Imperial Valley Press

Homework struggles

How to help kids manage the load, and what to do if it’s too much


Homework is a big part of a child’s school day, whether school is composed completely of remote instructio­n or a hybrid of in-person and online learning. If your child is struggling to adapt, providing a supportive environmen­t and establishi­ng a productive routine can help them thrive.

When school has shifted to home, everything feels like homework, said Denise Pope, co-founder of Challenge Success and senior lecturer at Stanford University Graduate School of Education. That’s stressful for everyone: parents, teachers and students.

“It’s more important than ever to think critically and thoughtful­ly about the purpose of homework, especially given the blur between home and school and the educationa­l inequities facing so many kids right now,” Pope said.

The right amount

Challenge Success recently released an updated version of its homework white paper, “Quality Over Quantity: Elements of Effective Homework,” that highlights the elements of effective homework and offers questions for both parents and educators about how homework can be improved. A key finding is that homework, which is work done outside a teacher-directed “classroom,” should be purposeful, meaningful, high quality and engaging.

Students shouldn’t be doing hours upon hours of homework. Too much homework can increase stress and and interfere with sleep, downtime, family time and other activities critical to student well-being, Pope said.

The amount of time spent doing homework doesn’t translate to academic success in middle and high school, and there is no correlatio­n at all between homework and achievemen­t in elementary school — except for self-directed reading, research found.

Create the environmen­t

The educationa­l landscape may be be fluid and changing, so it’s important for parents to provide a stable, supportive environmen­t for children to learn in, Pope said.

“Keep the big picture in mind. What’s important is not getting all As or 10 out of 10 on a quiz. Make sure to value and build up your relationsh­ips so children feel unconditio­nally loved. Focus on your health and well-being,” Pope said.

Lessen the homework hassle by creating a routine that includes a daily homework schedule with built-in breaks for snack and exercise, Pope said. If possible a student should have a consistent space to learn that’s relatively quiet and free from distractio­ns.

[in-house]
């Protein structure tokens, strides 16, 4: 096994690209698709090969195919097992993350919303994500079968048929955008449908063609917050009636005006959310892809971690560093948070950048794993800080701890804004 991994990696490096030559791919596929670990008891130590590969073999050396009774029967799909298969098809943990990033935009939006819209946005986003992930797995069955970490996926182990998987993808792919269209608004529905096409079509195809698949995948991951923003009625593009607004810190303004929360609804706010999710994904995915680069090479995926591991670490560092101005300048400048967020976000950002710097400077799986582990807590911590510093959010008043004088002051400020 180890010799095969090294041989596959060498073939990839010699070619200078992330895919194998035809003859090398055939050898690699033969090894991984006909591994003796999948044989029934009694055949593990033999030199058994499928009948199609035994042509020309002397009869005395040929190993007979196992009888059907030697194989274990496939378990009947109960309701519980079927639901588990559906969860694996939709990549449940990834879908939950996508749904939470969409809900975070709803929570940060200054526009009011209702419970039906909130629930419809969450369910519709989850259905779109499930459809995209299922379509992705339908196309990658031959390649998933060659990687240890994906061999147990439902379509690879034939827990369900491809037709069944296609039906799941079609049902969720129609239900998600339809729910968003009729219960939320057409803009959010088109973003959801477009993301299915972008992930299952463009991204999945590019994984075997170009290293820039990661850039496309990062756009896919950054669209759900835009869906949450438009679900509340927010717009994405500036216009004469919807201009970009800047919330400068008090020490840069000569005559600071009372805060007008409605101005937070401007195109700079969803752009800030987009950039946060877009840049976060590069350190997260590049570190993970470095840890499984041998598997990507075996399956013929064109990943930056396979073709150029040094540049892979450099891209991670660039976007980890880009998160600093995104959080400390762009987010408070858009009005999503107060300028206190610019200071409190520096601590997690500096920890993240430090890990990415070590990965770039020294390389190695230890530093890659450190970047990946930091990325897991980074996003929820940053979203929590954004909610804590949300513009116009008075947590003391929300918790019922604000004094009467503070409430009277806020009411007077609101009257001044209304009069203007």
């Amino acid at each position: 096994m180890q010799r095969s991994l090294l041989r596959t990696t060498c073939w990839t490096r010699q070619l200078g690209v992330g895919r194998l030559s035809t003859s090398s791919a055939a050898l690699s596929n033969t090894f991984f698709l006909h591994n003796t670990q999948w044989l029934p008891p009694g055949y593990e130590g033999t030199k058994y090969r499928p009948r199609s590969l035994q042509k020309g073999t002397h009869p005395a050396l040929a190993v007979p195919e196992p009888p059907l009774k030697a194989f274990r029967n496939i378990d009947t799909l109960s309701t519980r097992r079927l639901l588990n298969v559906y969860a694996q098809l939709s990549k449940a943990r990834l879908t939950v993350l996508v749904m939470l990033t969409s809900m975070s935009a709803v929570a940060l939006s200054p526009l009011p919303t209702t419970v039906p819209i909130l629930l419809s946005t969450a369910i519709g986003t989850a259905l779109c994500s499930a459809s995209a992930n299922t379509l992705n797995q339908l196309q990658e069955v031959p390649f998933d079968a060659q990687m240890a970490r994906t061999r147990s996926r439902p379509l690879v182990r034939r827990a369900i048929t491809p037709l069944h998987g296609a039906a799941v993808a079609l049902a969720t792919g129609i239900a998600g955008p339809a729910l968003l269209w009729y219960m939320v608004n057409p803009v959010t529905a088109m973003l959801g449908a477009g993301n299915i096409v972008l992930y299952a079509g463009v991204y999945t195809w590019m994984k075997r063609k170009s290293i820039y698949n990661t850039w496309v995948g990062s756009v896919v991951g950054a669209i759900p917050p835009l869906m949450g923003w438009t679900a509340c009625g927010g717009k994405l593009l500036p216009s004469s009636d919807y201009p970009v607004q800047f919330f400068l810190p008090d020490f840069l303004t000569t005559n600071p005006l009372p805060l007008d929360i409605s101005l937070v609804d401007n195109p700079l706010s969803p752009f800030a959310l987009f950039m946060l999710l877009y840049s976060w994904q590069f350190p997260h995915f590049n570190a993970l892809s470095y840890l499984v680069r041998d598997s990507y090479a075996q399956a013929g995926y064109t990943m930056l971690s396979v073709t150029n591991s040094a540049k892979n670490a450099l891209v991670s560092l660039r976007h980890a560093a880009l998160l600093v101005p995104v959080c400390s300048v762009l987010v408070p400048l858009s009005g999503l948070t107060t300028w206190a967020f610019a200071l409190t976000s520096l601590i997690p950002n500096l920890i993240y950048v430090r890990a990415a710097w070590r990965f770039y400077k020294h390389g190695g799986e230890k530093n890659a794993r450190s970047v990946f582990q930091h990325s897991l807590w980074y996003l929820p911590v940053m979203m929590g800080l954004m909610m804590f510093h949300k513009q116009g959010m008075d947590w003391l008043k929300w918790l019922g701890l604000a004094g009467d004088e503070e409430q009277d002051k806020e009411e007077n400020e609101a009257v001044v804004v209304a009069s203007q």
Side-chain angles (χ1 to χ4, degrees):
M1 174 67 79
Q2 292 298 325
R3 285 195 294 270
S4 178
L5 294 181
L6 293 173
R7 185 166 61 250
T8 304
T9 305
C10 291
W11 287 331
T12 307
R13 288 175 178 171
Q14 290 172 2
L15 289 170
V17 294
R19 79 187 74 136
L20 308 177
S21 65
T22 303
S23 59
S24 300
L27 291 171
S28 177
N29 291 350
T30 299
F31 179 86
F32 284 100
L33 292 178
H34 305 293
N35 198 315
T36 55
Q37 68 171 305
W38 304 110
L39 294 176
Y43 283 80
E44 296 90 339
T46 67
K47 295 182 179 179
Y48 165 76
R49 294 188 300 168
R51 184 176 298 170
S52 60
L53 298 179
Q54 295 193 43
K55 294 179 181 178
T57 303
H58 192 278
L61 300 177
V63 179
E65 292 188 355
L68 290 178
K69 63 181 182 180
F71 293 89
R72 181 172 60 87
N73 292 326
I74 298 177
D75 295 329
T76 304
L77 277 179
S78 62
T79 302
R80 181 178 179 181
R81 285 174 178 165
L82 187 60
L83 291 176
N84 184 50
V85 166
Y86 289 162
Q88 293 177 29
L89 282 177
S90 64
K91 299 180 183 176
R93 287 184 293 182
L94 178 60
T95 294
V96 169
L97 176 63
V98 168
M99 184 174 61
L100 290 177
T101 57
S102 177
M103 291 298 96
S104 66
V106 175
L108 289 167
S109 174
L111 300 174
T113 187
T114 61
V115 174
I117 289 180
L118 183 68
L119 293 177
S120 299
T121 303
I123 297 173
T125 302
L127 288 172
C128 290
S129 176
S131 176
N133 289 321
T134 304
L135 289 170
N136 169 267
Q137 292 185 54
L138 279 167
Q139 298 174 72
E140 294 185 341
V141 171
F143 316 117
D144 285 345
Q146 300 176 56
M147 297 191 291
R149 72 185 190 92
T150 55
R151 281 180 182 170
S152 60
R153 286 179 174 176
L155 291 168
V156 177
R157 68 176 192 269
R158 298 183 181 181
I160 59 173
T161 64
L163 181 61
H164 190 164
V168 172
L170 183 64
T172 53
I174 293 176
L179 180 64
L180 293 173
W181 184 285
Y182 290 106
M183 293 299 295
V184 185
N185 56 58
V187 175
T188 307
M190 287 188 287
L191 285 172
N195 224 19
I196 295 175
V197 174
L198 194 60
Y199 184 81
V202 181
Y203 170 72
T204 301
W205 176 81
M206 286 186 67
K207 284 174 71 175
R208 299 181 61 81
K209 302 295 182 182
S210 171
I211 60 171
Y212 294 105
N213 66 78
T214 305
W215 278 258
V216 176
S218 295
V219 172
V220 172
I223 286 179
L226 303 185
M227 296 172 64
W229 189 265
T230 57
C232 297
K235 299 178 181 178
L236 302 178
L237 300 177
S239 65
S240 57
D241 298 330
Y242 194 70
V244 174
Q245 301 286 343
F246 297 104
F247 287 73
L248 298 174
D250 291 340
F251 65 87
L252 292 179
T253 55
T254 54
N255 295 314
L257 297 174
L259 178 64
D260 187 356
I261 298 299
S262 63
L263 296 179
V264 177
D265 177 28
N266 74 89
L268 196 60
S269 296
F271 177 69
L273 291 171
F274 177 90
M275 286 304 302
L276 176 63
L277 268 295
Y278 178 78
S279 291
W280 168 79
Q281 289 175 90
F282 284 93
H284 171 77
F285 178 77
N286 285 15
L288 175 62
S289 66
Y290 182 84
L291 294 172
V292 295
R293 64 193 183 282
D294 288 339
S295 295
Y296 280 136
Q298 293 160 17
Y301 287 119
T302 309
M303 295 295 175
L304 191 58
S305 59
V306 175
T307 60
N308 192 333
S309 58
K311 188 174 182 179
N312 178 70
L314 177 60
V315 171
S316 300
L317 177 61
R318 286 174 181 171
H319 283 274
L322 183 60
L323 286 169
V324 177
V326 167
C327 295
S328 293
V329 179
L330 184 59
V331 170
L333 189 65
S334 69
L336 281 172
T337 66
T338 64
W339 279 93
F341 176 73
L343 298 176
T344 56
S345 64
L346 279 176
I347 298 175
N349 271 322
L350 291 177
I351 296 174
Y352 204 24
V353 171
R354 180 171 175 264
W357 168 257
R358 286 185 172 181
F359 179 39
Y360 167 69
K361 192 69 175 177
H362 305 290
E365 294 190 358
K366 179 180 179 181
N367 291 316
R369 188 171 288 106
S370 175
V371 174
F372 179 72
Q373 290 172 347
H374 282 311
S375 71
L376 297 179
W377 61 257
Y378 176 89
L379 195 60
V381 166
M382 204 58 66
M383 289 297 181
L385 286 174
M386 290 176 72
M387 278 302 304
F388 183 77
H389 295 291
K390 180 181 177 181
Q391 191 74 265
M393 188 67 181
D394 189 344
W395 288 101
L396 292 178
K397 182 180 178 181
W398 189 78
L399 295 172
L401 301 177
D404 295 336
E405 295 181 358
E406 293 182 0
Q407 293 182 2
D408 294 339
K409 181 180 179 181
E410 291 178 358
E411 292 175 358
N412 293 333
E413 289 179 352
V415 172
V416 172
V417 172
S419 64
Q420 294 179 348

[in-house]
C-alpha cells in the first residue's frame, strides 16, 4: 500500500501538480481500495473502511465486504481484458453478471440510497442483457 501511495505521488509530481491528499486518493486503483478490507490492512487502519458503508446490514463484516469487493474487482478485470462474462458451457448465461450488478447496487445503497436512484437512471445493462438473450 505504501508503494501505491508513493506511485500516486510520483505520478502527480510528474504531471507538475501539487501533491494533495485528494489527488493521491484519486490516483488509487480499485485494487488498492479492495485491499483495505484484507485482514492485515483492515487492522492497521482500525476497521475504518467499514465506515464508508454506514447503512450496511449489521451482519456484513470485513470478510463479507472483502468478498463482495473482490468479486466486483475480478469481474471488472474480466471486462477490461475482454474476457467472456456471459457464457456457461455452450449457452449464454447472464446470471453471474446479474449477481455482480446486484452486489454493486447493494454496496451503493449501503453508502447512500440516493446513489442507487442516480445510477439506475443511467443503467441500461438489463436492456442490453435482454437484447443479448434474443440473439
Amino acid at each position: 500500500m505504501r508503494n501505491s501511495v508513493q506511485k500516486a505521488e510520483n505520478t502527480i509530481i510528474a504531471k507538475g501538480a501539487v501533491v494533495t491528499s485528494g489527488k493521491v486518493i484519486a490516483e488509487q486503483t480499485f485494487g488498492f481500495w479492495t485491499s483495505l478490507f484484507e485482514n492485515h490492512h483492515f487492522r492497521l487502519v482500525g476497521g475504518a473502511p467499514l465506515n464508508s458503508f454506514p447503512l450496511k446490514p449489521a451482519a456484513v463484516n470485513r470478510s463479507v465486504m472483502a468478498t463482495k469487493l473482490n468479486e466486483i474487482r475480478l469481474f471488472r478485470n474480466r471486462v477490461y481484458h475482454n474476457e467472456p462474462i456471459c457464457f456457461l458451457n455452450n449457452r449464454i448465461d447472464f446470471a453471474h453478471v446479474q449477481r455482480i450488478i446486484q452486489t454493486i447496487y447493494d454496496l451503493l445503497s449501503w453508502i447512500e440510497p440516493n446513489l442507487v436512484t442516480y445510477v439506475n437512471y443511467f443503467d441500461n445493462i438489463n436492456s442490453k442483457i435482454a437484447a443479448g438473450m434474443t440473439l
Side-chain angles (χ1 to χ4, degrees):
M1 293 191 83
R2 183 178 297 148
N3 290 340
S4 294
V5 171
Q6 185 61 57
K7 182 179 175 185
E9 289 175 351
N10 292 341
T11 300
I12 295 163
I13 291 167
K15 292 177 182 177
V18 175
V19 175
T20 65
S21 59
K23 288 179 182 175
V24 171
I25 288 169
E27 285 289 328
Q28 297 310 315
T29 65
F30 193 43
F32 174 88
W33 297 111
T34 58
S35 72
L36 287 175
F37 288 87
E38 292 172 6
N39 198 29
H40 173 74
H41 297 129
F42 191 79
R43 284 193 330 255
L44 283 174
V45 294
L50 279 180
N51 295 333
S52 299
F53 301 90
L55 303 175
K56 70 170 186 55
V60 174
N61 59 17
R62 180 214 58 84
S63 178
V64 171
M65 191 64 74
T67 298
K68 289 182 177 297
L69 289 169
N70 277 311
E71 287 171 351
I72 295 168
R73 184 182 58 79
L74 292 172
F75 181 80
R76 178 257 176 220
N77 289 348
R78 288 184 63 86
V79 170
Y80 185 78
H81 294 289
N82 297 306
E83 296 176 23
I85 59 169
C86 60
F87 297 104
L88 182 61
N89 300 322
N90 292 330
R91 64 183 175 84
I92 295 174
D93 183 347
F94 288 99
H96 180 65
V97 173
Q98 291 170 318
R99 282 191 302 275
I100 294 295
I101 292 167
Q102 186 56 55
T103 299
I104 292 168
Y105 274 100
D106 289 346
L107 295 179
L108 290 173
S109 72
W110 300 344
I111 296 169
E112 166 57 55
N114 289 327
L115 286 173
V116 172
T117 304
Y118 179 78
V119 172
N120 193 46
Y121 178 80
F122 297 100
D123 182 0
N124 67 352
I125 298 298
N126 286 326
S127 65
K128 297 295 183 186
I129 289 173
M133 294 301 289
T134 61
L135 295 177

“There’s good research that routines are calming,” Pope said.

Come up with the plan together.

“It’s more important than ever to think critically and thoughtful­ly about the purpose of homework, especially given the blur between home and school and the educationa­l inequities facing so many kids

right now.”

Let your student take part in creating the schedule and get them to “sign off” on the plan so they take ownership, Pope said.

Make your expectatio­ns clear, because when students feel able to meet parent expectatio­ns they are less likely to be worried and stressed about homework, she said.

Take a step back as a parent. To use a sports analogy, you buy your son or daughter soccer cleats, get them to the game on time, then take your place as a cheerleade­r on the sidelines, Pope said.

“Parents often have a hard time figuring out their role,” she said. Resist doing their homework for them, and that includes editing or checking.

“Doing so may rob them of the opportunit­y to develop resilience, persistenc­e and problem-solving skills,” Pope said.

A missed or poorly completed assignment likely will not impact your child in the long run, she said.


When it’s too much

If homework becomes a problem, it should be the teacher, not the parent, who intervenes.

If you’re concerned about your child’s homework, initiate a respectful dialogue with the school, Pope said. Older students can advocate for themselves and start by communicat­ing with teachers directly about homework challenges they are facing.

For more suggestion­s and homework help, visit challenges­

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